In this November 2019 file photo, Jaxon Gross of Bucksport High School runs in a two-point conversion against Lisbon during the Class D football state championship game in Portland. Credit: Troy R. Bennett / BDN

The Maine Principals’ Association, Gov. Janet Mills and the Maine Center for Disease Control and Prevention acknowledged that it is important for student-athletes to have an outlet in the sports they love.

But with the COVID-19 pandemic, it was determined that football and volleyball were just too risky to play this fall. They were pushed to the spring.

Nobody is wrong here. We have never had to deal with such a deadly virus in our lifetime and there doesn’t appear to have been much medical headway over the last six months.

Everyone involved is trying to protect the athletes from contracting the coronavirus and spreading it to friends, fellow students and family members, particularly elderly and other high-risk individuals.

Football is a tough call, since the virus is spread by droplets from the nose and mouth. Just think about those fall Friday night football and soccer games where you can see players’ collective breath in the crisp air.

Many players are competing face to face, hand to hand, with opponents on every play.

Volleyball is an indoor sport, which adds to the potential danger. There often are three or four girls converging at the net or going after the ball.

It wouldn’t be as dangerous if they were wearing masks but it is still a major concern.

That said, the importance of sports in a student-athlete’s life can’t be underestimated. For many, practice is the highlight of their day.

Sports keep students motivated in school because to play, they must maintain solid grades. It keeps the athletes grounded and teaches them time management.

And sports teach life lessons, including how to handle adversity and how to bond with teammates and work together toward a common goal. Some athletes don’t have an ideal home life, so sports are an important escape and provide them a supportive extended family.

Maine high school football players are watching ESPN showcase high school football games pitting teams from states with a much higher rate of COVID-19 cases than we have here. Over 30 states are playing in the fall.

They are asking, if they can play, why can’t we? Completely understandable.

But Texas Tech University had 75 cases of COVID-19 among its 123 players. Ed Orgeron, the coach of defending national champion Louisiana State University, recently said most of his players had contracted the virus.

The bottom line is, until we have a vaccine or a cure, everyone on the field — at school, at home or in the community — is still in danger.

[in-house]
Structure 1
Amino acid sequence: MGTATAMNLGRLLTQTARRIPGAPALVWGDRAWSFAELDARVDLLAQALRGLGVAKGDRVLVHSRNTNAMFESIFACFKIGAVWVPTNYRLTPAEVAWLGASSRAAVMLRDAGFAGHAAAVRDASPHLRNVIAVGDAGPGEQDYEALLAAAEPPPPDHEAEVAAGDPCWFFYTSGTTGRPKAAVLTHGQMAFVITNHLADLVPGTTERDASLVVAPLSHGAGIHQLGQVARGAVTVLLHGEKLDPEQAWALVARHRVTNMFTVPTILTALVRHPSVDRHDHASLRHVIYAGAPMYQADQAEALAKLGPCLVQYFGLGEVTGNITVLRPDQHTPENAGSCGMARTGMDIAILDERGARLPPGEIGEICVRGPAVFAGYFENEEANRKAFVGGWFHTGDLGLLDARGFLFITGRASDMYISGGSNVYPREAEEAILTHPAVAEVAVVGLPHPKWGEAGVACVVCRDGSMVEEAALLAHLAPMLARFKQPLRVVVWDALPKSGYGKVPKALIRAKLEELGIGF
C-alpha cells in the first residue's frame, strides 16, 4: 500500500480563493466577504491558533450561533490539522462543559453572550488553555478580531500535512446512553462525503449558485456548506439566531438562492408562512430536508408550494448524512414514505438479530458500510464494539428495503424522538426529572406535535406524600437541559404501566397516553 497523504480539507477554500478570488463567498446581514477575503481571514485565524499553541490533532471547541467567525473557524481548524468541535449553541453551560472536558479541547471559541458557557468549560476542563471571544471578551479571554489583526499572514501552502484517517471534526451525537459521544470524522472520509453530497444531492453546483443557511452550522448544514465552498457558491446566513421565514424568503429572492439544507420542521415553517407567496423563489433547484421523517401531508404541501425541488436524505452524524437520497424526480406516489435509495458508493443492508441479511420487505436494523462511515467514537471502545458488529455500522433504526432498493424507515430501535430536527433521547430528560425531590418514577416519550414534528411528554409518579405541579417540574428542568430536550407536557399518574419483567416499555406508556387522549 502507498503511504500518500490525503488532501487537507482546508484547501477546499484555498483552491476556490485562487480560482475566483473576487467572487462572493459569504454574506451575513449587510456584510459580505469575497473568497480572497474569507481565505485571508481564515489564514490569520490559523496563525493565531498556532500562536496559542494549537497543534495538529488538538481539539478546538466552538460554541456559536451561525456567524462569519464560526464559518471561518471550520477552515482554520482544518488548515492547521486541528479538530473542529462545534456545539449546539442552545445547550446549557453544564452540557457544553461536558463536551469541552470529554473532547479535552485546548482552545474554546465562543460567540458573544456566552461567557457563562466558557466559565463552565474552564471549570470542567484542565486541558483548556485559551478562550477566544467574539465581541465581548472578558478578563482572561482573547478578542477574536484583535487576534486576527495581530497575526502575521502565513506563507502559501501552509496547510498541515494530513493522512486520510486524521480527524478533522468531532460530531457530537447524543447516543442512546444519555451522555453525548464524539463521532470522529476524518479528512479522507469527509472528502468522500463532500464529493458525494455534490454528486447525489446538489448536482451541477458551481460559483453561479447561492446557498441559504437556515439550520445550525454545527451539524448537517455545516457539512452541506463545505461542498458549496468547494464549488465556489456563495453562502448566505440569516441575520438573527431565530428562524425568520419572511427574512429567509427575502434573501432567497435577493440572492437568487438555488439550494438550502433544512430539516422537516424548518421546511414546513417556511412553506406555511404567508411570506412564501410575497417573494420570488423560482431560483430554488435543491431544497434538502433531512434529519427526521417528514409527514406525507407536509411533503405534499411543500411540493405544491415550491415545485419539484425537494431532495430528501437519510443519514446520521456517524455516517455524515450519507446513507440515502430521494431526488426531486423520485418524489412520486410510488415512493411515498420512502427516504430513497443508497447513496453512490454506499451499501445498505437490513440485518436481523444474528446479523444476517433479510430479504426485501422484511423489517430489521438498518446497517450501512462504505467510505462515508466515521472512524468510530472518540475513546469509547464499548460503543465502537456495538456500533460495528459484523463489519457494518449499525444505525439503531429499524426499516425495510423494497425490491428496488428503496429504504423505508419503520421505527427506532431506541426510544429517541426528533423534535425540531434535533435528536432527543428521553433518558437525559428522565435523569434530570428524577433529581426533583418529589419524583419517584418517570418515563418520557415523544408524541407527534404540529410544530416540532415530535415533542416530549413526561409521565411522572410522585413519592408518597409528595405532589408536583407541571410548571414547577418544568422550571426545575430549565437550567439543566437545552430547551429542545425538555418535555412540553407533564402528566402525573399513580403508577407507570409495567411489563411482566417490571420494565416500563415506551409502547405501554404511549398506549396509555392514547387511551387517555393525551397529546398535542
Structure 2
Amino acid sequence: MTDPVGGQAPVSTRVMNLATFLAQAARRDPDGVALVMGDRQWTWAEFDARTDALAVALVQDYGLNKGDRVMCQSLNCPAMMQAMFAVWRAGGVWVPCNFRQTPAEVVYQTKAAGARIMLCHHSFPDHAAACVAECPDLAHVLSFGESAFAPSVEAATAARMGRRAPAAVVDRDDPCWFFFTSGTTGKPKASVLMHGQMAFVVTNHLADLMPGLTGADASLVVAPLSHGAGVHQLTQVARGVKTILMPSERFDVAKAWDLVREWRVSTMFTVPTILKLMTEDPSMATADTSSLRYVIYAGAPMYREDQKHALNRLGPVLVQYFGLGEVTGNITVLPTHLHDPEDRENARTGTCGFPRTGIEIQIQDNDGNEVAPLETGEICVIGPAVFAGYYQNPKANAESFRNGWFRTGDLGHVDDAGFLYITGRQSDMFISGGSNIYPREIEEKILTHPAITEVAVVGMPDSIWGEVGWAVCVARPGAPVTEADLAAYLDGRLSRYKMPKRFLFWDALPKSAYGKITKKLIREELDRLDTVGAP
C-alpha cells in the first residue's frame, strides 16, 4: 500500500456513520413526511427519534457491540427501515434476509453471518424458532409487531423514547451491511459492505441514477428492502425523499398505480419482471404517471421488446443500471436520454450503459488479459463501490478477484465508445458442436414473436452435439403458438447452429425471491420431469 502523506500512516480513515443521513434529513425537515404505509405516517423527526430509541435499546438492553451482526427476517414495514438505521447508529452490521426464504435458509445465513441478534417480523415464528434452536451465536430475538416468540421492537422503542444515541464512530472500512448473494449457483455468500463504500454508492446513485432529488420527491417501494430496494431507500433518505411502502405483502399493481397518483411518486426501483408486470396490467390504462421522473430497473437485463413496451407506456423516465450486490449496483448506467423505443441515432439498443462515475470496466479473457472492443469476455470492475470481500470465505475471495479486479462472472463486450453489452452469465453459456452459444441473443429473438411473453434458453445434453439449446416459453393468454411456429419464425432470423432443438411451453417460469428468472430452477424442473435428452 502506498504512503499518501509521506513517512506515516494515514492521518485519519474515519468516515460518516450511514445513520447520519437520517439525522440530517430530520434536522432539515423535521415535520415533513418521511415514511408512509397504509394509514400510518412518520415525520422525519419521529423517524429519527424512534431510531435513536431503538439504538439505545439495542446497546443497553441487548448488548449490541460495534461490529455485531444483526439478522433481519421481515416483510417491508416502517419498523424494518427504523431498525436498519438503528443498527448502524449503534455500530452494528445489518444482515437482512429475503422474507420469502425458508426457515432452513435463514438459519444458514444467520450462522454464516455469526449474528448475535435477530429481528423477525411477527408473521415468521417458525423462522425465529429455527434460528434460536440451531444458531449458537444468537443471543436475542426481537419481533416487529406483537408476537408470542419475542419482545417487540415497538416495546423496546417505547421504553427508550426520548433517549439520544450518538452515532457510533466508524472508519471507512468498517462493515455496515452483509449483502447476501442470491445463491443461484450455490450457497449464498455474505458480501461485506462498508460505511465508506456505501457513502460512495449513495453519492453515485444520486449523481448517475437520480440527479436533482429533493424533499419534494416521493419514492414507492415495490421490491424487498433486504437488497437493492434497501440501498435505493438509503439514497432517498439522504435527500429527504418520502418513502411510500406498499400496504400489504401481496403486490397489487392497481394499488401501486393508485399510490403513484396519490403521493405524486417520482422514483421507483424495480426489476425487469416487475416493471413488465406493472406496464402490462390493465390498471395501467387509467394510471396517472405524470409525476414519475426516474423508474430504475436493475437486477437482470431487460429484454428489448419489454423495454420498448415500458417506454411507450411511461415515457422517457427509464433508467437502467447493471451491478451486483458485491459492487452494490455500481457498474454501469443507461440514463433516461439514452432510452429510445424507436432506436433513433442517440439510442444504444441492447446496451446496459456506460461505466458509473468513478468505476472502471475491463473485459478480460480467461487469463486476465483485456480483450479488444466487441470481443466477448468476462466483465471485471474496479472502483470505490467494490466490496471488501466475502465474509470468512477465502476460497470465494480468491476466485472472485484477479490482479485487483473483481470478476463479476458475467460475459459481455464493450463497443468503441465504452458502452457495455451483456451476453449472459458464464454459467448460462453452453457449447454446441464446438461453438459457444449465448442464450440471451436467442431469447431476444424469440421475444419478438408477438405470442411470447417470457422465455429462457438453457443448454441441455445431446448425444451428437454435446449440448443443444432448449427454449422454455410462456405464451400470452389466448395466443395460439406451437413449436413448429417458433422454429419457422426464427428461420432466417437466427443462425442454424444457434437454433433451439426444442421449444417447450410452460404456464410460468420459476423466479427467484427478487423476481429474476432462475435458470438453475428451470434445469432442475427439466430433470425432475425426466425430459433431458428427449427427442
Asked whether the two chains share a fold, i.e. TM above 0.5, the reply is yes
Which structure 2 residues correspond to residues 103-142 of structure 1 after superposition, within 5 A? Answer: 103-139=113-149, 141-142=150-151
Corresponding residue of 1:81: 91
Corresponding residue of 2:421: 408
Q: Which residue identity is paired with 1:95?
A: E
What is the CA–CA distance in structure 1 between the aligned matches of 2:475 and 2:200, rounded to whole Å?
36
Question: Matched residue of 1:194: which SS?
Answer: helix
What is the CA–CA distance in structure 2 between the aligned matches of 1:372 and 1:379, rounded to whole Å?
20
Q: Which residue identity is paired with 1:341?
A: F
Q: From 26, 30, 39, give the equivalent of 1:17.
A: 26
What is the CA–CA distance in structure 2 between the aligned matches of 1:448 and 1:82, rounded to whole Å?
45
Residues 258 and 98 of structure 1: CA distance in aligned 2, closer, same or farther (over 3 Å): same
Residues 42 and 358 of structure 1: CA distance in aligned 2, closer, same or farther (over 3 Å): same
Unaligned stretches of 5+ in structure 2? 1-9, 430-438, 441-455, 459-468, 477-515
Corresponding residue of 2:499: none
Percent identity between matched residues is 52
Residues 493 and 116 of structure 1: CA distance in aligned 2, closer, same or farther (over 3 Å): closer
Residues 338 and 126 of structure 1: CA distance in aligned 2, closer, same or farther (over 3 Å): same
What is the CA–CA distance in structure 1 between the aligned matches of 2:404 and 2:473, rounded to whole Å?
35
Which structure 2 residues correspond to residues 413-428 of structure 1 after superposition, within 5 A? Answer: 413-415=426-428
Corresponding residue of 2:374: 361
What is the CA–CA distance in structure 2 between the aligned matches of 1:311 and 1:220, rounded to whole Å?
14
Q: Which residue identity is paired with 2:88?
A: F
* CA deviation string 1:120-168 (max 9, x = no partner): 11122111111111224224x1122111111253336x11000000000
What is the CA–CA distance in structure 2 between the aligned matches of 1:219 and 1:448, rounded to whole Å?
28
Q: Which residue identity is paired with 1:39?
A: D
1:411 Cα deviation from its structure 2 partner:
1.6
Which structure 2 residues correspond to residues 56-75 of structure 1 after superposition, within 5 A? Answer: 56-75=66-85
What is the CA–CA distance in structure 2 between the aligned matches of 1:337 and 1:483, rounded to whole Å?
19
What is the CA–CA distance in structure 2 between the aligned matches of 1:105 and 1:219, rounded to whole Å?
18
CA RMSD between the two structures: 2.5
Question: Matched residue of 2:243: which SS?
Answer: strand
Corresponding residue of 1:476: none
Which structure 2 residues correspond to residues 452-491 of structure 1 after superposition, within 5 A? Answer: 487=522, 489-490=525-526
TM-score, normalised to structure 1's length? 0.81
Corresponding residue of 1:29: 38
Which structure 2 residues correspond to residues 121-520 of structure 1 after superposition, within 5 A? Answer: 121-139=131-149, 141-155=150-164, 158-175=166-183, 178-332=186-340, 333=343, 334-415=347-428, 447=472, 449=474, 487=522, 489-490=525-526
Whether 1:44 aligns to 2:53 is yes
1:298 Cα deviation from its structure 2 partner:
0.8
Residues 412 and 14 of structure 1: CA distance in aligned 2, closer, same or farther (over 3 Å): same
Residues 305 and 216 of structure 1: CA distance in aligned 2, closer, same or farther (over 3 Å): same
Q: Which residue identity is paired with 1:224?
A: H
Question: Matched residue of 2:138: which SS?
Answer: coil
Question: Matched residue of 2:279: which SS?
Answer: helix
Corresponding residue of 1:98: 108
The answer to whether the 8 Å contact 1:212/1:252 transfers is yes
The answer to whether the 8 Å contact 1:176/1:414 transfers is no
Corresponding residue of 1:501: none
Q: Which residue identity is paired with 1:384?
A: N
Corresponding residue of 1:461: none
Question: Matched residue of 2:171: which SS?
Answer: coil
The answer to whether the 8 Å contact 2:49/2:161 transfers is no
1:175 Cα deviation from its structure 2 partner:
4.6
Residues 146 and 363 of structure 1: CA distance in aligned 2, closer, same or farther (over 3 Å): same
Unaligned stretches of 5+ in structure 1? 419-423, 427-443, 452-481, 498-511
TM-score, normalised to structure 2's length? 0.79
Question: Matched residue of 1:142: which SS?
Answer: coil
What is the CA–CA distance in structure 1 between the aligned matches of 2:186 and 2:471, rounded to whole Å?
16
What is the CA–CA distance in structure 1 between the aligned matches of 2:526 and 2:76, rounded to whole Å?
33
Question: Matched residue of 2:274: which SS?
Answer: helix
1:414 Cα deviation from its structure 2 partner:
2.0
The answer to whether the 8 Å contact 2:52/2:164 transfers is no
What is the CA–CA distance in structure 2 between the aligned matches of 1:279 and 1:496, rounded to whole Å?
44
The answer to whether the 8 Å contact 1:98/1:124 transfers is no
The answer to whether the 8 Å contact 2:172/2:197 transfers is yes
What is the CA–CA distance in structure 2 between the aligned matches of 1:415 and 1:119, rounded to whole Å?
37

Soccer, field hockey, golf and cross country are being played in Maine this fall. Golf is the most viable social distancing sport and there are plans for rule changes to help keep cross country, soccer and field hockey players safer.

Still, there are risks.

I like the idea of teams playing 7-on-7 touch or flag football. One plan even will open the door for linemen to split playing time with backs and receivers so everyone can throw or catch the ball.

Why not give the linemen a chance to run a pass pattern? It will keep the players motivated and they can have some fun with it.

I agree with Maine Central Institute football coach Tom Bertrand, who said since there won’t be a football season this fall, it is of the utmost importance for the MPA and the state to do everything they can to have a season in the spring.

By then, we will all have a better gauge on the impact of the coronavirus on high school sports.

There is talk of playing volleyball and football in the early part of next year and pushing back the regular spring sports so athletes who play football and volleyball can also play their chosen spring sport.

It makes sense and would give baseball, softball, lacrosse and track and field athletes a chance to compete in warmer weather. Those raw early spring days are challenging.

Iowa’s 2020 high school baseball state championships games were played on Aug. 1.

There are some concerns about getting fields ready, especially if we have a long, snowy winter with a late March snowstorm, but they won’t be playing many games so it is doable.

So as the powers that be try to figure out a safe way to keep athletes competing, they’re not wrong in treating some potentially more dangerous sports differently to contend with COVID-19.